This month has been designated as Mental Health Awareness month. During May, I’ve decided to shine a light on various common mental health issues in the upcoming Being Human podcast episodes.
But as we're focusing on bringing awareness to mental health, I think it's also a great time to introduce more of the amazing professionals who serve as CatholicPsych Institute clinicians and IDDM mentors in order to highlight those who are available to help all who struggle with mental health issues.
This week I’d like to introduce CatholicPsych Institute's Clinical Director and one of the founding mentors of IDDM, Dr. Bryan Violette. As Clinical Director, Dr. Bryan helps to train and supervise all of our therapists and mentors. Coincidentally, Dr. Bryan and I both grew up - and currently live - in Connecticut, we were both born and raised in Italian families, and we both attended graduate school at the Institute for the Psychological Sciences (currently called Divine Mercy University or DMU) where we first connected with one another.
Dr. Bryan is married to Teresa Violette (a fellow CPI clinician and IDDM mentor as well) and together they have a young son. Dr. Bryan has been working at CPI for the past six years.
Here's the transcript of a brief Q & A with him:
Dr. Bryan, what drew you to the field of mental health?
As an undergraduate I studied history and was very fascinated by discerning patterns, which I think lent itself later in my diagnostic formulations in trying to understand patterns in people. So what began in the abstract in history I was later able to use to apply to my clinical work.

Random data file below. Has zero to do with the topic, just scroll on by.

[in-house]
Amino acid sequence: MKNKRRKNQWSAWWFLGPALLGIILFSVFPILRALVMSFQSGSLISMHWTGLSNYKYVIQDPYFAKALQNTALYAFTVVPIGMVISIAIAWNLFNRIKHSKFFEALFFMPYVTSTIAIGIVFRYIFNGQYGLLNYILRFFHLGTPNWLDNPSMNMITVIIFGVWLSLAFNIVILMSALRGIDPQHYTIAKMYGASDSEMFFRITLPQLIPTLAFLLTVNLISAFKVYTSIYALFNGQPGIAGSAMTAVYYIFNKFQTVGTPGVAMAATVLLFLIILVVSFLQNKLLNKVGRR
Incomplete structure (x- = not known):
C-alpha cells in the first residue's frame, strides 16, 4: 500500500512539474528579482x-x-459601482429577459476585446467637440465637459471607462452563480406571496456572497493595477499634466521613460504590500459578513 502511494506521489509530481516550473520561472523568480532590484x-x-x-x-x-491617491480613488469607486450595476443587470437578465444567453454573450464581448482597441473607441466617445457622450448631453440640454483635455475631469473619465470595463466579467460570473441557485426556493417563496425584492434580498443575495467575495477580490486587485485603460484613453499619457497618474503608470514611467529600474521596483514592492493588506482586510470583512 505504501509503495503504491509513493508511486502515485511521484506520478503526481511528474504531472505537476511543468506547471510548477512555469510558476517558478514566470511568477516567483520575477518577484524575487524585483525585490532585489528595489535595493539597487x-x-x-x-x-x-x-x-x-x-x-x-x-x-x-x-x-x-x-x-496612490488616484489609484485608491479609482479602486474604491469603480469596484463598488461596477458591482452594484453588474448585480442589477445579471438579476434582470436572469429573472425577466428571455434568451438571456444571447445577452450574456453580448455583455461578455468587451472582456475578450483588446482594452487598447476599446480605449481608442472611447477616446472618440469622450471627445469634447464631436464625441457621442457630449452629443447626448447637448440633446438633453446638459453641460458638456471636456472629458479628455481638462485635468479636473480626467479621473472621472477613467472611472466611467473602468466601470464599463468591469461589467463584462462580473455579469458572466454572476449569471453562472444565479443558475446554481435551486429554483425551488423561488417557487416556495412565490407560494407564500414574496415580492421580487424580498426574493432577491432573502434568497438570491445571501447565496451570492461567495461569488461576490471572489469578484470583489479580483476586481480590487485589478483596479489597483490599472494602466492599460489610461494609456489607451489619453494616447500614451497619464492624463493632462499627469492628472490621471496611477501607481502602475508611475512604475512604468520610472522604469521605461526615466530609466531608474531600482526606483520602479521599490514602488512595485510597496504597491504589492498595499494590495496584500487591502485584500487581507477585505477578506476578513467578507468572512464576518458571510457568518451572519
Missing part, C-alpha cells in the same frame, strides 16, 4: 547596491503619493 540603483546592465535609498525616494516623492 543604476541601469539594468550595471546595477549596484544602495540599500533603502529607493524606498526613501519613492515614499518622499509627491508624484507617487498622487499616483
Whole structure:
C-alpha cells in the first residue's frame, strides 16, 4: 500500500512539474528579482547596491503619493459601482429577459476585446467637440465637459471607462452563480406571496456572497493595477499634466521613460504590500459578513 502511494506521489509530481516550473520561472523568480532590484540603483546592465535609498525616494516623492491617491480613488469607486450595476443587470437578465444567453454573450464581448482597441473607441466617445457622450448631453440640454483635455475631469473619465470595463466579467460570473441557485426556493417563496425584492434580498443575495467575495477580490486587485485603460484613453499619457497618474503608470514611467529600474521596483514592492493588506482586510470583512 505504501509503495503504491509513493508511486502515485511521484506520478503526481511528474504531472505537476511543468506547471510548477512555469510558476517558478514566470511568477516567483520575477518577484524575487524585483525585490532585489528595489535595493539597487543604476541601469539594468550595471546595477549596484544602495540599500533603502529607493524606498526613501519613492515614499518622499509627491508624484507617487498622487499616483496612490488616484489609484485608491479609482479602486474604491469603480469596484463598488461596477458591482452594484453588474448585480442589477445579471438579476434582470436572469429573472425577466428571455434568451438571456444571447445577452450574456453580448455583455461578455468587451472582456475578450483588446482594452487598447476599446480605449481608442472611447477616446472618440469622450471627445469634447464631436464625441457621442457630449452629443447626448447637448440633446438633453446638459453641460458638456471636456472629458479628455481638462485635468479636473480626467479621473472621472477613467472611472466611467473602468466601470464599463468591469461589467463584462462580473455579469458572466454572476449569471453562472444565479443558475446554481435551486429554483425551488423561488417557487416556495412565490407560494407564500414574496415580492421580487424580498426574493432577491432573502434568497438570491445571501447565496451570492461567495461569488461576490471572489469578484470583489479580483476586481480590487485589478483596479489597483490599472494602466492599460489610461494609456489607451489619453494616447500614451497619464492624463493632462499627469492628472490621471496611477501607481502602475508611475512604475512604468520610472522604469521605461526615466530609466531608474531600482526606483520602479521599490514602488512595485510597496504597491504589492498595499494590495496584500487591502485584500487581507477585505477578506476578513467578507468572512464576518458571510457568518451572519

While an undergraduate, I had a conversion of heart and after finishing up, began studying moral theology in graduate school. Soon after, I realized I was not as interested in the theoretical as much as in learning how to apply knowledge, and my main interest was to use the gifts God gave me to serve others. This realization led me to pursue higher education at the Institute for the Psychological Sciences (currently DMU) and had the great privilege there of learning how to integrate Catholic anthropology with the science of psychology.
I’ve always had a sensitivity to mental health issues due to mental health challenges in my immediate family growing up that created openness to psychological questions. This experience also helped me develop compassion for those struggling with mental health issues. When I started to learn more about my faith, I found it easy to see the overlap between the spiritual life and the psychological life and I became really excited about the possibility of exploring the interplay between those two fields of knowledge in order to help people.
What do you love most about your work?
It’s a tie honestly. I really love advancing knowledge and exploring theoretical concepts with other members of the CPI staff in order to contribute to thought progression and research in the field. But I also really like working with people one-on-one, whether that’s helping clients directly through individual care, or through my role as clinical director and supervisor training other people to do the same. I'm very interested in the art of psychotherapy and how applied theoretical knowledge embedded in psychological theory can be communicated through a relationship, and I love cultivating and helping develop that skill set in other clinicians.
You've been with CatholicPsych Institute (CPI) since 2015. What has been unique for you in working here?